the Republic of Namibia, is a country in Southern Africa. Its western border is the Atlantic Ocean; it shares land borders with Zambia and Angola to the north, Botswana to the east and South Africa to the south and east. Although it does not border Zimbabwe, less than 200 metres (660 feet) of the Zambezi River separates the two countries. Namibia gained independence from South Africa on 21 March 1990, following the Namibian War of Independence. Its capital and largest city is Windhoek. Namibia is a member state of the United Nations (UN), the Southern African Development Community (SADC), the African Union (AU) and the Commonwealth of Nations.
The driest country in Sub-Saharan Africa, Namibia has been inhabited since early times by the San, Damara and Nama people. Around the 14th century, immigrating Bantu peoples arrived as part of the Bantu expansion. Since then, the Bantu groups, the largest being the Ovambo, have dominated the population of the country; since the late 19th century, they have constituted a majority.
Namibia has a largely independent foreign policy, with persisting affiliations with states that aided the independence struggle, including Cuba. With a small army and a fragile economy, the Namibian government’s principal foreign policy concern is developing strengthened ties within the Southern African region. A dynamic member of the Southern African Development Community, Namibia is a vocal advocate for greater regional integration. It became the 160th member of the UN on 23 April 1990. On its independence it became the 50th member of the Commonwealth of Nations.
Namibia is divided into 14 regions which are subdivided into 121 constituencies. The administrative division of Namibia is tabled by Delimitation Commissions and accepted or declined by the National Assembly. Since state foundation four Delimitation Commissions have delivered their work, the last one in 2013 under the chairmanship of Judge Alfred Siboleka.Regional councillors are directly elected through secret ballots (regional elections) by the inhabitants of their constituencies.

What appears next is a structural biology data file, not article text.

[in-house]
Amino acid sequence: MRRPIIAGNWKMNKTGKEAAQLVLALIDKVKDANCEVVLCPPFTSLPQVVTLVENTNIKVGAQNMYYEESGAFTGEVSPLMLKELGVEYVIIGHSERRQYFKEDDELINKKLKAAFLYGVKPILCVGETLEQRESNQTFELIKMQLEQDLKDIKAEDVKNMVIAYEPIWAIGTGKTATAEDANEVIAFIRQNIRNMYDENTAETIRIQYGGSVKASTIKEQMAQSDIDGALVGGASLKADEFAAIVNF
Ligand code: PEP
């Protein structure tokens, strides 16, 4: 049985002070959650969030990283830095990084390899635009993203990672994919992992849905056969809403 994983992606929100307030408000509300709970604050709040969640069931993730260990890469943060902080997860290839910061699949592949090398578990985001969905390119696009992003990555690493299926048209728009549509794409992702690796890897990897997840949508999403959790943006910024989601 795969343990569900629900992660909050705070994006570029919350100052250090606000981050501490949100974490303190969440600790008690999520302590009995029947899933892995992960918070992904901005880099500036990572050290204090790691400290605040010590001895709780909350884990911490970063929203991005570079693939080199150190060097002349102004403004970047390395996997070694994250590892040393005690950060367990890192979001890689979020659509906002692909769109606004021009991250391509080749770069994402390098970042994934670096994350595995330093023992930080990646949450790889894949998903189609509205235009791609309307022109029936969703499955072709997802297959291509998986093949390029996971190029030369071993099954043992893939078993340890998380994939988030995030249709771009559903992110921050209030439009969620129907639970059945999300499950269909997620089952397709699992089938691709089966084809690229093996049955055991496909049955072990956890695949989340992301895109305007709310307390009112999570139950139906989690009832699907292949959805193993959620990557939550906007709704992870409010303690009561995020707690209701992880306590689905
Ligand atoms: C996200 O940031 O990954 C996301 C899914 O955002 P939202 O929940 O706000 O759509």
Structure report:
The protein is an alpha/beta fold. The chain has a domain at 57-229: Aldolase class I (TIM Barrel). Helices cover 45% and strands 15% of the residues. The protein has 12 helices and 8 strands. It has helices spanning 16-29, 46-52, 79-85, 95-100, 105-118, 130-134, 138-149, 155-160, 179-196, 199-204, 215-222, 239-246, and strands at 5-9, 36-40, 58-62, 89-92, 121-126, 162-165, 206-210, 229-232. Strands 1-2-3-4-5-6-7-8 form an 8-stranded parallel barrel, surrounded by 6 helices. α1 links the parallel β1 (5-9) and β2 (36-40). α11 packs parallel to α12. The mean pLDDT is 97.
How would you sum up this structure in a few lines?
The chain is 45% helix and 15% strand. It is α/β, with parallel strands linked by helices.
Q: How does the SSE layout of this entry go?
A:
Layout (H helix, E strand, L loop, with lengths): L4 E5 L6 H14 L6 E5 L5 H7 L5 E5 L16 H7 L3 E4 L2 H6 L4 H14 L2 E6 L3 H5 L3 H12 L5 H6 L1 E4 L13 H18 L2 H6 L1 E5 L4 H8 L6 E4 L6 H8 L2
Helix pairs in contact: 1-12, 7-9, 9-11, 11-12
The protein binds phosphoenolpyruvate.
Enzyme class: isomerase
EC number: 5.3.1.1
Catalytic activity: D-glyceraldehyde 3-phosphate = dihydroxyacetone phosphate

Namibia’s economy is tied closely to South Africa’s due to their shared history. The largest economic sectors are mining (10.4% of the gross domestic product in 2009), agriculture (5.0%), manufacturing (13.5%), and tourism.
Namibia has a highly developed banking sector with modern infrastructure, such as online banking and cellphone banking. The Bank of Namibia (BoN) is the central bank of Namibia responsible for performing all other functions ordinarily performed by a central bank. There are 5 BoN authorised commercial banks in Namibia: Bank Windhoek, First National Bank, Nedbank, Standard Bank and Small and Medium Enterprises Bank.
According to the Namibia Labour Force Survey Report 2012, conducted by the Namibia Statistics Agency, the country’s unemployment rate is 27.4%. “Strict unemployment” (people actively seeking a full-time job) stood at 20.2% in 2000, 21.9% in 2004 and spiralled to 29.4% in 2008. Under a broader definition (including people that have given up searching for employment) unemployment rose to 36.7% in 2004. This estimate considers people in the informal economy as employed. Labour and Social Welfare Minister Immanuel Ngatjizeko praised the 2008 study as “by far superior in scope and quality to any that has been available previously”, but its methodology has also received criticism.
Namibia’s struggle for independence from South Africa led to extensive Turkish diplomatic efforts as the co-sponsor from the Western Contact Group and founding member of the UN Council for Namibia, that called for Namibian independence.
Namibia — or known as South West Africa before independence — was the last African colony. South West Africa had been a German colony that was granted to South Africa under a League of Nations mandate in 1920, following Germany’s defeat in World War I. The mandate forbade South Africa from annexing South West Africa but South Africa continued its rule even after UN General Assembly voted to revoke the League of Nations mandate on August 26, 1966.
Turkey continued to advocate on behalf of Namibia’s independence but many countries balked at supporting the country’s movement under Sam Nujoma that allied with the Soviet Union and started sending young men to the Soviet Union for training in preparation for guerrilla warfare. Guerrilla warfare began 1966 but was marginal until Communist-led MPLA took over Angola in 1975. Nevertheless, South Africa succeeded in driving off the guerillas.
The diplomatic breakthrough came with the election of Jimmy Carter, who came to support the Western Contact Group and worked to negotiate peace in Namibia. In 1978 South Africa and Western Contact Group created a plan for holding elections that would lead to Namibian independence in 1990.